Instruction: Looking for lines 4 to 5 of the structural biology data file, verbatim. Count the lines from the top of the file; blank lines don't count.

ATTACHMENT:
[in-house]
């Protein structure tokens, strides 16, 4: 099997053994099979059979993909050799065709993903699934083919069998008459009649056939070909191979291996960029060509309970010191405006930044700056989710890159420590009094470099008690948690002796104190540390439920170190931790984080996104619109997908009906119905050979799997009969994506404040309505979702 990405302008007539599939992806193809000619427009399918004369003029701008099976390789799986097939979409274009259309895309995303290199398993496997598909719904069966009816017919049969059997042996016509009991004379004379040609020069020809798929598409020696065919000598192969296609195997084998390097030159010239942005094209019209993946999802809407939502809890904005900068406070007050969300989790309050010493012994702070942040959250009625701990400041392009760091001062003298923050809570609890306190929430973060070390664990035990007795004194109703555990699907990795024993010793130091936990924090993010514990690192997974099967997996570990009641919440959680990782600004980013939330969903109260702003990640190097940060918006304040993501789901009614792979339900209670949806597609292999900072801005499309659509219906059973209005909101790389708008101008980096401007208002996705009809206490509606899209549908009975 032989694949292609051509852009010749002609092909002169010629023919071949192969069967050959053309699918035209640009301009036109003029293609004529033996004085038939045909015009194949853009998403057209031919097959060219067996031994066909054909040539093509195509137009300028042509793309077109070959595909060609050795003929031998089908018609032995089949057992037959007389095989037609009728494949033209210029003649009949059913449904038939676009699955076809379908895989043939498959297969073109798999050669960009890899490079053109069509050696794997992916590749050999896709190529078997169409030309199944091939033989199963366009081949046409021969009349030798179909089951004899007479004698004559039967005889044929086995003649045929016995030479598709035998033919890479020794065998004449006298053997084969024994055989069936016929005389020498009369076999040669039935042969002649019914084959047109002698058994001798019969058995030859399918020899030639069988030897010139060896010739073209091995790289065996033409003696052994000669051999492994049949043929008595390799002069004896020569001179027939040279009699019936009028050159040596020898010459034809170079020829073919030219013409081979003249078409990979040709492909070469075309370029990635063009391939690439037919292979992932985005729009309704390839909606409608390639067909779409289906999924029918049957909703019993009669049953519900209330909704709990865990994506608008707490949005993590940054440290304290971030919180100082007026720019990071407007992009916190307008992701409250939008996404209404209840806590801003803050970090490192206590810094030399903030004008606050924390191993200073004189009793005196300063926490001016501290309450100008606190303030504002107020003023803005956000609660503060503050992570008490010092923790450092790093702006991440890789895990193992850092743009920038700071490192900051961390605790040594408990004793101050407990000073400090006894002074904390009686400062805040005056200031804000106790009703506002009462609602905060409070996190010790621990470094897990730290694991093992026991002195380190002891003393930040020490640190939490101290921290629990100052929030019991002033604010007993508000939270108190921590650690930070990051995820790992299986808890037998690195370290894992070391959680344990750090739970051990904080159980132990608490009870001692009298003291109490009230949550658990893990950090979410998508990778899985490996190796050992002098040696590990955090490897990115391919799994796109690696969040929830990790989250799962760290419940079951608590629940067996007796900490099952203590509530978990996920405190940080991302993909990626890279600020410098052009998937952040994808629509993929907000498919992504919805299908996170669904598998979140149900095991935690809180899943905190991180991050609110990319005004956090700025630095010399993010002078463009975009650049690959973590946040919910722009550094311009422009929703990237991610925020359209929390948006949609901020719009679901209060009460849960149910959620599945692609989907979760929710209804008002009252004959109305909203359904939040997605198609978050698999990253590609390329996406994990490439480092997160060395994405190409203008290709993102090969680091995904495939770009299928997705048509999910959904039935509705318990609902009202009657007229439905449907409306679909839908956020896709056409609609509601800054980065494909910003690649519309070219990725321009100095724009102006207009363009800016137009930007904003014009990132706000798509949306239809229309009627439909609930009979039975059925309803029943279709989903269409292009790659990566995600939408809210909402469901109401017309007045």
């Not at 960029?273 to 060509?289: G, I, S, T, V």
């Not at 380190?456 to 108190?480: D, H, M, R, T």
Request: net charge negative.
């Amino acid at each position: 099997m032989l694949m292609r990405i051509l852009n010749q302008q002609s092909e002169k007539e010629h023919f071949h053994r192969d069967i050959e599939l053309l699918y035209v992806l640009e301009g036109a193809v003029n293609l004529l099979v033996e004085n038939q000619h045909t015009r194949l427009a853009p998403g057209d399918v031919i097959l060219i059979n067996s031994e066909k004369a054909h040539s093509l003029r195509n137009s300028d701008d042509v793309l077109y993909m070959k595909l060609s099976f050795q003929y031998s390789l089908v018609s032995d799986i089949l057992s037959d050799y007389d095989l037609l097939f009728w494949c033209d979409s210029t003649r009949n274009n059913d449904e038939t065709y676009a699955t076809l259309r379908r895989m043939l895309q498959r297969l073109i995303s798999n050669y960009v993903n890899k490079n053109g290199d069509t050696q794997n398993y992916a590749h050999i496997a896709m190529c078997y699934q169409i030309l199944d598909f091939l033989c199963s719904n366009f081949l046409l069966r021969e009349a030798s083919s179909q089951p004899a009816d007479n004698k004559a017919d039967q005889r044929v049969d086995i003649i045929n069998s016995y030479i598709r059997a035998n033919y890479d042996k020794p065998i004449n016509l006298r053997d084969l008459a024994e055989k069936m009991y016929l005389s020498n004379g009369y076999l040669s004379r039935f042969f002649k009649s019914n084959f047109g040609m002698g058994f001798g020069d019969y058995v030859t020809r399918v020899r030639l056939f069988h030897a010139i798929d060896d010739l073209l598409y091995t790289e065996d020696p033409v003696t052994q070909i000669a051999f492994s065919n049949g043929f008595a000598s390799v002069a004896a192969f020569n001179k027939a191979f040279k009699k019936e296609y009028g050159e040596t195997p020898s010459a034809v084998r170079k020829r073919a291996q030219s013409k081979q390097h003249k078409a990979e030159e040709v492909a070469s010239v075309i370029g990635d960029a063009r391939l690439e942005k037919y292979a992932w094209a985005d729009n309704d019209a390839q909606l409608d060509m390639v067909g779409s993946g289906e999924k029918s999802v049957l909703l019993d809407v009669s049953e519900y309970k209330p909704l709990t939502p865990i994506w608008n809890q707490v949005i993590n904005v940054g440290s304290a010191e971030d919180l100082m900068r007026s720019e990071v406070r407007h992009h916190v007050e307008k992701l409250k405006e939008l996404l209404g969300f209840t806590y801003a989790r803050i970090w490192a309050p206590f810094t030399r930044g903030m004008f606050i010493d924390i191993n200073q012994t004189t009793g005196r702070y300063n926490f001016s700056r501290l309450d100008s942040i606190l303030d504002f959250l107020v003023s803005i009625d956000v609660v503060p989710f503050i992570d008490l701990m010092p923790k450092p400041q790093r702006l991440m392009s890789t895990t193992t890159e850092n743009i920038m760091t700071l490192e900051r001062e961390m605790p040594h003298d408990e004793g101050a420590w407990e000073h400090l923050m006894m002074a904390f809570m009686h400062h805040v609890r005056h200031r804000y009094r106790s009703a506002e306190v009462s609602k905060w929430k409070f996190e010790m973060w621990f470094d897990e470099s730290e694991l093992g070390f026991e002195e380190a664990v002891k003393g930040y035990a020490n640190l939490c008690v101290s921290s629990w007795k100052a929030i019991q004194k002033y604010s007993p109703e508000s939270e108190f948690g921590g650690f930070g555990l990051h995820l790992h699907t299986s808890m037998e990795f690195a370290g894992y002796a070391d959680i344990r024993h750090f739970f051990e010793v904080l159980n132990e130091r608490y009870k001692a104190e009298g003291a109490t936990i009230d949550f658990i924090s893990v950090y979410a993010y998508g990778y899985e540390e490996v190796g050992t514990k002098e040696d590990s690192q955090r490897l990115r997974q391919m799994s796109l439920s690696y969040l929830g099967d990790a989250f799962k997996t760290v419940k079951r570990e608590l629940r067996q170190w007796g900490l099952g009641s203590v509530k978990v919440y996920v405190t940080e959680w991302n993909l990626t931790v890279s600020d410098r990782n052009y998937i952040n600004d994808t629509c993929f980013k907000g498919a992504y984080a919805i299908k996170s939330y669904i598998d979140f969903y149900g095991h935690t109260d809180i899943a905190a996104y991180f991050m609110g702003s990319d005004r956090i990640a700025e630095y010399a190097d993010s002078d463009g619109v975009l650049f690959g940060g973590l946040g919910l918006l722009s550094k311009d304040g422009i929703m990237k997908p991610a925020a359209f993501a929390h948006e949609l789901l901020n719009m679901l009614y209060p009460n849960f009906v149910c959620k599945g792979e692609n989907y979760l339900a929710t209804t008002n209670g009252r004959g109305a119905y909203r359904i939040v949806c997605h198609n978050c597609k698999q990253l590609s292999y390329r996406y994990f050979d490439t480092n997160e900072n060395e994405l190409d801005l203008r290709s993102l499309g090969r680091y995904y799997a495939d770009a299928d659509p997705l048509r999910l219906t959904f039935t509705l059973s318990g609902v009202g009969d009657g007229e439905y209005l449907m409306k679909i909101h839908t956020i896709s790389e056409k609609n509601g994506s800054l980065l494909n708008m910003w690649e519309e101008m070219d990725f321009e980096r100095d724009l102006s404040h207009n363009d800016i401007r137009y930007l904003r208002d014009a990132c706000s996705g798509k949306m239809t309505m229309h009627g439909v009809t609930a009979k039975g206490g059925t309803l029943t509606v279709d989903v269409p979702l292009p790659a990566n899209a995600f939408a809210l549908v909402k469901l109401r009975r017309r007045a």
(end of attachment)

């Not at 380190?456 to 108190?480: D, H, M, R, T």
Request: net charge negative.